Illinois Supreme Court Considers Abortion Law
An old anti-abortion law that's never been enforced was argued before the Illinois Supreme court on Thursday. It would require girls aged 17 and younger to tell their parents 48 hours before ending a pregnancy.
The American Civil Liberties Union brought the case, but it was thrown out by a lower court. Now the ACLU is asking the Supreme Court for another shot.
Illinois is thought of a dark-blue state -- solidly Democratic -- where anti-abortion laws have not found a lot of success in recent years.
The state's parental-notification law has a long, tortured history that predates the blue period -- it was passed in the mid-1990s, when Republicans briefly controlled the Illinois House. But since then, it has been dormant.
The law ordered the Supreme Court to create what's called a "judicial bypass" -- rules that would allow a girl to ask a judge to let her out of having to notify her parents before getting an abortion. However, the justices declined to write those rules -- so a federal court permanently blocked the law from going into effect.
There was a brief political firestorm, but that blew over. Fast forward 10 years. That's when Justice Robert Thomas -- then the chief justice -- asked his colleagues to revisit the issue.
This time, the court unanimously changed course, issuing the rules and paving the way for the law to finally take effect. That led to a new round of legal battles and injunctions.
ACLU attorney Lorie Chaiten argues a lot has changed about our understanding of abortion.
"In passing this act, the legislature assumed that abortion imposes serious and long-lasting medical and psychological harms, and that minors are incapable of making fully-informed medical decisions," Chaiten said.
Chaiten said that decision by lawmakers was wrong. In fact, she said new studies and research show there is a consensus in the medical community that the opposite is true.
"Plaintiffs allegations show that abortion is far safer from a physical perspective than carrying a pregnancy to term," Chaiten said. "Indeed, it is one of the safest procedures in contemporary medicine, safer than having an injection of penicillin."
Justice Thomas asked Chaiten, "Are you asking this court to sit as some type of super-legislature and determine the merits of the new studies that you've presented?"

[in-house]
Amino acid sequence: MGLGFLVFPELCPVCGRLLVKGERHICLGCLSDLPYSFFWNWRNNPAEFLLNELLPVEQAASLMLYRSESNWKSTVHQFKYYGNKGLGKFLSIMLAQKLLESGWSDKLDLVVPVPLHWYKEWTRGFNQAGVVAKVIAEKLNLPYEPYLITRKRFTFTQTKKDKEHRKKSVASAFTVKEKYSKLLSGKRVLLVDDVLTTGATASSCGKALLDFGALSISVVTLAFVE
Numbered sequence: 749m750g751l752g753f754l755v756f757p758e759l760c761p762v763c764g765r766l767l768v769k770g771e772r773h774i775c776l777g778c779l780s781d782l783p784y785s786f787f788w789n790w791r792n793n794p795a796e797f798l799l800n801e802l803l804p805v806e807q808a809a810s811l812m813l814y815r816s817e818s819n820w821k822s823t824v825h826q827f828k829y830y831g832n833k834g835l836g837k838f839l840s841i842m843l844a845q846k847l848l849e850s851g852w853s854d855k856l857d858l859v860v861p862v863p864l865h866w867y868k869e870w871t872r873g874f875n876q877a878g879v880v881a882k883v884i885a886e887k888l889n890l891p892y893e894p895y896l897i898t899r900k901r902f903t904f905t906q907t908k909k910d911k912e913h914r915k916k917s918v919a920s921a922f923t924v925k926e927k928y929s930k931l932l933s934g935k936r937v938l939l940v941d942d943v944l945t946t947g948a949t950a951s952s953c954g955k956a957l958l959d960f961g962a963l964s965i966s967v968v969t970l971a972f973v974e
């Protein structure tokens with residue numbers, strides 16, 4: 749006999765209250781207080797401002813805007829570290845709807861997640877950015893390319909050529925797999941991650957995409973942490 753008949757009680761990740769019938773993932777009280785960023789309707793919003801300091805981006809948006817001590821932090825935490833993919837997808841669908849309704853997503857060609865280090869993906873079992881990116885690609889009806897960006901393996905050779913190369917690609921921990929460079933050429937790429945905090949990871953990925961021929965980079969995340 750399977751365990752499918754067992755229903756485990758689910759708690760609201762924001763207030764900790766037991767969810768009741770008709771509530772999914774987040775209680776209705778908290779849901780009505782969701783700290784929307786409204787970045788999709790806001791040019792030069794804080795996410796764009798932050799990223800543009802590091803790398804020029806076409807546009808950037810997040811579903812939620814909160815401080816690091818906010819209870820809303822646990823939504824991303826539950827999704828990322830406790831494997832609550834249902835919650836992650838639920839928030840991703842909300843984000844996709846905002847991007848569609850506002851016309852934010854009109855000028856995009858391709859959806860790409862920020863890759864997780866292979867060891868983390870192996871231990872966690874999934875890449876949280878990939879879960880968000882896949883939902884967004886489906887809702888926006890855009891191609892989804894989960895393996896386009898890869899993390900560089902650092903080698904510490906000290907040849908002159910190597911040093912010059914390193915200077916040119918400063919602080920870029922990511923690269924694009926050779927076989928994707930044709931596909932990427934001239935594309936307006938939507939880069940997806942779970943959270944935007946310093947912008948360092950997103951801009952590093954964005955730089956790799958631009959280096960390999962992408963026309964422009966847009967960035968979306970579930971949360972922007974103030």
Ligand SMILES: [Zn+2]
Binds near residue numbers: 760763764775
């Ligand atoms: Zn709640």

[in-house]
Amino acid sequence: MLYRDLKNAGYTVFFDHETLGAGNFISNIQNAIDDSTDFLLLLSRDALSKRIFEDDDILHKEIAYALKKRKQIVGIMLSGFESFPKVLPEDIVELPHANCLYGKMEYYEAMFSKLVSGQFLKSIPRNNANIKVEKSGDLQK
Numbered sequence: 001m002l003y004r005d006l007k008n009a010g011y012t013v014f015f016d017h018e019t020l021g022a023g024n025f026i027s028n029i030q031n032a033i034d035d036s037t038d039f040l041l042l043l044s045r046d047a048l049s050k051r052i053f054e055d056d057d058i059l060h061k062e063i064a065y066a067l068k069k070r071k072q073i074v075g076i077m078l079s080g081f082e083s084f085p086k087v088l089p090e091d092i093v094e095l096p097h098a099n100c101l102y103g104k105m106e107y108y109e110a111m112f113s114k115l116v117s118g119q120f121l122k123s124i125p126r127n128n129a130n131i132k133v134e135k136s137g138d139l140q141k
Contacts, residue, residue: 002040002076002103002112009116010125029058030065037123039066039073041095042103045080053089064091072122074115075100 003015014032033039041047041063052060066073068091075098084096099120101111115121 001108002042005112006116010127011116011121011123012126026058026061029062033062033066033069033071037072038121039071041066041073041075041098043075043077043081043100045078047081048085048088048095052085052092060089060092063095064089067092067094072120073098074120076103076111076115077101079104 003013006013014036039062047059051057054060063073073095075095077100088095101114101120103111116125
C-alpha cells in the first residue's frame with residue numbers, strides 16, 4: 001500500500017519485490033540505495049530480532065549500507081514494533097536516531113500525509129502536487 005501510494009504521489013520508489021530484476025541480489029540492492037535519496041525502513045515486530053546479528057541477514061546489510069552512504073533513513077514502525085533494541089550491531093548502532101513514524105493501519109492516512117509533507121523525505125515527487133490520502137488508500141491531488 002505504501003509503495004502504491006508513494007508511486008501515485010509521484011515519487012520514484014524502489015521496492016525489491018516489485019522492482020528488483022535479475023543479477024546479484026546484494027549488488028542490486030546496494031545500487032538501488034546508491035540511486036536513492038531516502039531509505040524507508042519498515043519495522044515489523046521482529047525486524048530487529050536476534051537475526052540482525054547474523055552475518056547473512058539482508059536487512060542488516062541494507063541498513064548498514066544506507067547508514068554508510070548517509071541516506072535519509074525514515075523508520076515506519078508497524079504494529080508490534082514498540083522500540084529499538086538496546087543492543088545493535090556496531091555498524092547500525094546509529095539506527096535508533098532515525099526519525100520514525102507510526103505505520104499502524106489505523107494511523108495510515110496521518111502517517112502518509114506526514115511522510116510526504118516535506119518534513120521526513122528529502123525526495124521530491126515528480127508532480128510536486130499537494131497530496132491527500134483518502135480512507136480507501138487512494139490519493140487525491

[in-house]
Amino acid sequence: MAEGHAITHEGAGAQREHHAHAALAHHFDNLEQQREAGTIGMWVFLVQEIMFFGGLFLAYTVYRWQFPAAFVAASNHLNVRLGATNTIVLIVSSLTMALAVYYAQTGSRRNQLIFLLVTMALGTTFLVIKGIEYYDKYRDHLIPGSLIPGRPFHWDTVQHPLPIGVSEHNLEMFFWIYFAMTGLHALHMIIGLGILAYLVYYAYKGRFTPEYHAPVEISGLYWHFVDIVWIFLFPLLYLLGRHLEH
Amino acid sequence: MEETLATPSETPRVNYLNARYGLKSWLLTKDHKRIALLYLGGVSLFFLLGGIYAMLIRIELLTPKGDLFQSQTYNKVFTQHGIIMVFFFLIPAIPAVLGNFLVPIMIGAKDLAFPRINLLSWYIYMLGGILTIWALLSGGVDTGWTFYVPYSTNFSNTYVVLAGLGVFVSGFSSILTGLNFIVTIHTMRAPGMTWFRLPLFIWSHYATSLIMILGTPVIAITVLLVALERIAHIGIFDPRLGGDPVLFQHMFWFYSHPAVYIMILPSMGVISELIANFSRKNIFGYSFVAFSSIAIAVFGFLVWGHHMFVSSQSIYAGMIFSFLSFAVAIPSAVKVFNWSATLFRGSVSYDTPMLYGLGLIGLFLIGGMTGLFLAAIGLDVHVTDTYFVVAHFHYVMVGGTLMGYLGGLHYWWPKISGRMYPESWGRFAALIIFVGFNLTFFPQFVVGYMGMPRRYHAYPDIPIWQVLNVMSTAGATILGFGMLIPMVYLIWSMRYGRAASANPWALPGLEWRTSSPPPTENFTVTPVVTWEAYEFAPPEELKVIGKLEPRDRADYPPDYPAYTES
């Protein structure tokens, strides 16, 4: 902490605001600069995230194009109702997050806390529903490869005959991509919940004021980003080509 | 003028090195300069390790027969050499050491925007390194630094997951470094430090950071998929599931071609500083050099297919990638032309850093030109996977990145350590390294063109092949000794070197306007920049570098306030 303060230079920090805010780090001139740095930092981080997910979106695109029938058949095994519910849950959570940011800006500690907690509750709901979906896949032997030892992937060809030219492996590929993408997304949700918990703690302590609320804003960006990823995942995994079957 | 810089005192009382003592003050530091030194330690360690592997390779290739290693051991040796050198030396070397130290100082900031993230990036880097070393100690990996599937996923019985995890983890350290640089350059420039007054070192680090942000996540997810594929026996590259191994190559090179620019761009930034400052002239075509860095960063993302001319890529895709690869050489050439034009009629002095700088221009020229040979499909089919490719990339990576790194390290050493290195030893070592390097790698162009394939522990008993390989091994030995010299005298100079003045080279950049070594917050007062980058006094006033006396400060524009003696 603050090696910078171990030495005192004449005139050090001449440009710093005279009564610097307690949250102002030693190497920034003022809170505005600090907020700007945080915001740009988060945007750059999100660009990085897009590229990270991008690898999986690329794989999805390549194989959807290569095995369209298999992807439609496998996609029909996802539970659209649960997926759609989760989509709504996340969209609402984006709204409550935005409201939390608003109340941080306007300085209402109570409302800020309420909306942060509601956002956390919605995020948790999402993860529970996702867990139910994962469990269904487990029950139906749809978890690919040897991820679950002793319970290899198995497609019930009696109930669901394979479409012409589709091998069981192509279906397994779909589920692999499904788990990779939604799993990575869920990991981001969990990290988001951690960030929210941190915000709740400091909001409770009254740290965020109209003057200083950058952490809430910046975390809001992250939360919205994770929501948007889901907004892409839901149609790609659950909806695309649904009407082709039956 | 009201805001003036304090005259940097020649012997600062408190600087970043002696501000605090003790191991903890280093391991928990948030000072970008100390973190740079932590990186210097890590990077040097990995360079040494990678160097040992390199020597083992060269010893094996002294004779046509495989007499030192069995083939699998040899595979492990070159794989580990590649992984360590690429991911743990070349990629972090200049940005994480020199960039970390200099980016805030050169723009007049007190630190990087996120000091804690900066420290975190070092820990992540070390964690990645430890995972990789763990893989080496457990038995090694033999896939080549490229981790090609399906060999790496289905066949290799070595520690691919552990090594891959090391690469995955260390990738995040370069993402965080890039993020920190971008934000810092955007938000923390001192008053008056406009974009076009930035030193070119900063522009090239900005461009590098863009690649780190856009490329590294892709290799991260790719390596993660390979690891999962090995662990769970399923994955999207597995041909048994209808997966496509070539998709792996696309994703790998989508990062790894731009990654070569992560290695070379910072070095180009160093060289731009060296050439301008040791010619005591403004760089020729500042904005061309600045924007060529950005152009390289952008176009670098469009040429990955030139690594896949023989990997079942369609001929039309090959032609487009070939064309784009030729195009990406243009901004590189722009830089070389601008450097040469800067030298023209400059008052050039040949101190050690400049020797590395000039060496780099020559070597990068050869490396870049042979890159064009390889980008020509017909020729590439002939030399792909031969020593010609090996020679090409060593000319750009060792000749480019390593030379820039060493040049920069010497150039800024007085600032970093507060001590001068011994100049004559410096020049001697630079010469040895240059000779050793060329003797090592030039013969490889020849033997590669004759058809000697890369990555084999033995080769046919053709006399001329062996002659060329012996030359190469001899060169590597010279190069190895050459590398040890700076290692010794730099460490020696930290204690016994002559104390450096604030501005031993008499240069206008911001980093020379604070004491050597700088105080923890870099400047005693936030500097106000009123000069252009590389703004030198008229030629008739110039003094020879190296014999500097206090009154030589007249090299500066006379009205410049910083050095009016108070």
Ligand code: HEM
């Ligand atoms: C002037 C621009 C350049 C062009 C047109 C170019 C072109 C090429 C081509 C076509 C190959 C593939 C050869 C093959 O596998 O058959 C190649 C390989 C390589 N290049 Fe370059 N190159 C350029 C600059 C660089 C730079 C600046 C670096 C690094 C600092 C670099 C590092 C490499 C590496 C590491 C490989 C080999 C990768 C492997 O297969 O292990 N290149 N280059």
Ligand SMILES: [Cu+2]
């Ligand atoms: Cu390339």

Not at all, Chaiten said.
The problem is that the ACLU never had a chance to prove its case in a trial. Instead, a lower court judge dismissed it, relying on a federal decision that says parental notification laws are OK under the U.S. Constitution, but the ACLU argues the Illinois Constitution has special protections that are not in the federal constitution -- like an explicit right to privacy, and a statement on gender equality.
Chaiten said that means her original case should not have been dismissed. She wants the chance to have a trial.
"We can put on our evidence," Chaiten said. "The defendants can put on evidence. The circuit court can appropriately evaluate expert testimony and determine whether the infringement on this fundamental right can be justified."
Arguing in defense of the law was Solicitor General Michael Scodro, who is the top appellate lawyer for state government.
He argues a trial is not necessary because the constitutionality of parental-notification laws has already been settled by the U.S. Supreme Court. He said there is no legal basis for an absolute right to an abortion.
"The U.S. Supreme Court has made clear time and time again that the fundamental right is not the right to an abortion per se," Scodro said. "It's a right -- the right that's protected -- and vigorously protected -- is the right not to have the state unduly burden that decision."
Scodro said the Illinois law has exceptions that allow girls in unusual circumstances to get out of having to tell their parents -- medical emergencies, cases of abuse, and that judicial bypass that caused all the fuss in the '90s. He added as long as those protections are in place, the Illinois law does not present an "undue burden" on minors seeking abortions.